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PLoS One. 2012;7(2):e30781. doi: 10.1371/journal.pone.0030781. Epub 2012 Feb 23.

Circadian rhythms of fetal liver transcription persist in the absence of canonical circadian clock gene expression rhythms in vivo.

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  • 1National Key Laboratory of Virology, College of Life Sciences, Wuhan University, Wuhan, Hubei Province, People's Republic of China.

Abstract

The cellular circadian clock and systemic cues drive rhythmicity in the transcriptome of adult peripheral tissues. However, the oscillating status of the circadian clocks in fetal tissues, and their response to maternal cues, are less clear. Most clock genes do not cycle in fetal livers from mice and rats, although tissue level rhythms rapidly emerge when fetal mouse liver explants are cultured in vitro. Thus, in the fetal mouse liver, the circadian clock does not oscillate at the cellular level (but is induced to oscillate in culture). To gain a comprehensive overview of the clock status in the fetal liver during late gestation, we performed microarray analyses on fetal liver tissues. In the fetal liver we did not observe circadian rhythms of clock gene expression or many other transcripts known to be rhythmically expressed in the adult liver. Nevertheless, JTK_CYCLE analysis identified some transcripts in the fetal liver that were rhythmically expressed, albeit at low amplitudes. Upon data filtering by coefficient of variation, the expression levels for transcripts related to pancreatic exocrine enzymes and zymogen secretion were found to undergo synchronized daily fluctuations at high amplitudes. These results suggest that maternal cues influence the fetal liver, despite the fact that we did not detect circadian rhythms of canonical clock gene expression in the fetal liver. These results raise important questions on the role of the circadian clock, or lack thereof, during ontogeny.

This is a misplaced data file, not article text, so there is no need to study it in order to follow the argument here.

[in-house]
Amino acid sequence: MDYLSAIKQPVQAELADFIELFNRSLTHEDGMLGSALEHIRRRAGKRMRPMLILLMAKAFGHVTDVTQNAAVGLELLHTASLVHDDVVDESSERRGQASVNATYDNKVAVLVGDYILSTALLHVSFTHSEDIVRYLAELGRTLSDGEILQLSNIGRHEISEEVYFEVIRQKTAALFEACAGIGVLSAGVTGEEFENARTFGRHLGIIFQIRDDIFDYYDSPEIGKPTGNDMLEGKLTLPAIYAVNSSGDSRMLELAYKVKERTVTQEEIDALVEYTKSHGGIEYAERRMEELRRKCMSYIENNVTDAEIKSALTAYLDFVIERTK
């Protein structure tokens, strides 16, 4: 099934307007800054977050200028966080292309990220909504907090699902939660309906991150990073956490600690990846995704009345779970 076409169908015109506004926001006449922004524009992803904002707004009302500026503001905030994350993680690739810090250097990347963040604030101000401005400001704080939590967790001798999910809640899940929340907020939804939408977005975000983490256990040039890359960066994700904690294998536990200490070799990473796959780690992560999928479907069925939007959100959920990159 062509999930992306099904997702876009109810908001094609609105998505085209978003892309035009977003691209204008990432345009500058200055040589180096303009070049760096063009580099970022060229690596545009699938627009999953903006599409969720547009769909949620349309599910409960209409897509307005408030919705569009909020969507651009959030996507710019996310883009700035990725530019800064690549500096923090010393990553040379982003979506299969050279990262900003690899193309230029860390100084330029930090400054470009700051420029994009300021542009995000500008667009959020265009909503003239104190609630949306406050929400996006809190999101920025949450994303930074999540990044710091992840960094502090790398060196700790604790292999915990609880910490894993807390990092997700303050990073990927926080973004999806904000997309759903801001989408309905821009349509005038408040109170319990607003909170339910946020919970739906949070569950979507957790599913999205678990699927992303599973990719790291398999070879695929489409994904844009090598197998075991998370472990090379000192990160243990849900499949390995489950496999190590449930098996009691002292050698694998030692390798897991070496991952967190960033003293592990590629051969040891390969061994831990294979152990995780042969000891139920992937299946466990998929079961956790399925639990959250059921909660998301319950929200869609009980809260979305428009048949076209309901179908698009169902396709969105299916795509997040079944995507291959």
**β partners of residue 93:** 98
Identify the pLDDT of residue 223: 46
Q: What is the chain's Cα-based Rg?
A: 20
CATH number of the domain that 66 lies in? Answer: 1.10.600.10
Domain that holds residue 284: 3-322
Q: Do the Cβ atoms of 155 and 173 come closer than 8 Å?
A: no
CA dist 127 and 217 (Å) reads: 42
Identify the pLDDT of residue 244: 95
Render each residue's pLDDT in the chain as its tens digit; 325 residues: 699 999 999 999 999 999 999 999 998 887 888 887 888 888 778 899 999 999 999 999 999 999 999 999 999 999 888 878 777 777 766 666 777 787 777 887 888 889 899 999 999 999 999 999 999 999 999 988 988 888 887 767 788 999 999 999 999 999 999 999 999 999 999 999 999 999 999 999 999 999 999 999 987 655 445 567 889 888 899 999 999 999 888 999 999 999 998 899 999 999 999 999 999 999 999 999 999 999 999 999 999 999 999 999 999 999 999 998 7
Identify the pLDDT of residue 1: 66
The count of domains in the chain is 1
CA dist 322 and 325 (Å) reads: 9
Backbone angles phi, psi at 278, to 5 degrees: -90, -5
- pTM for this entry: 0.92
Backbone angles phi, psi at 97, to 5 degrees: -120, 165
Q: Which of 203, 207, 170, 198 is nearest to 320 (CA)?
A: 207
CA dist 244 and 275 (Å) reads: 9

PMID:
22383974
[PubMed - indexed for MEDLINE]
PMCID:
PMC3285613
Free PMC Article
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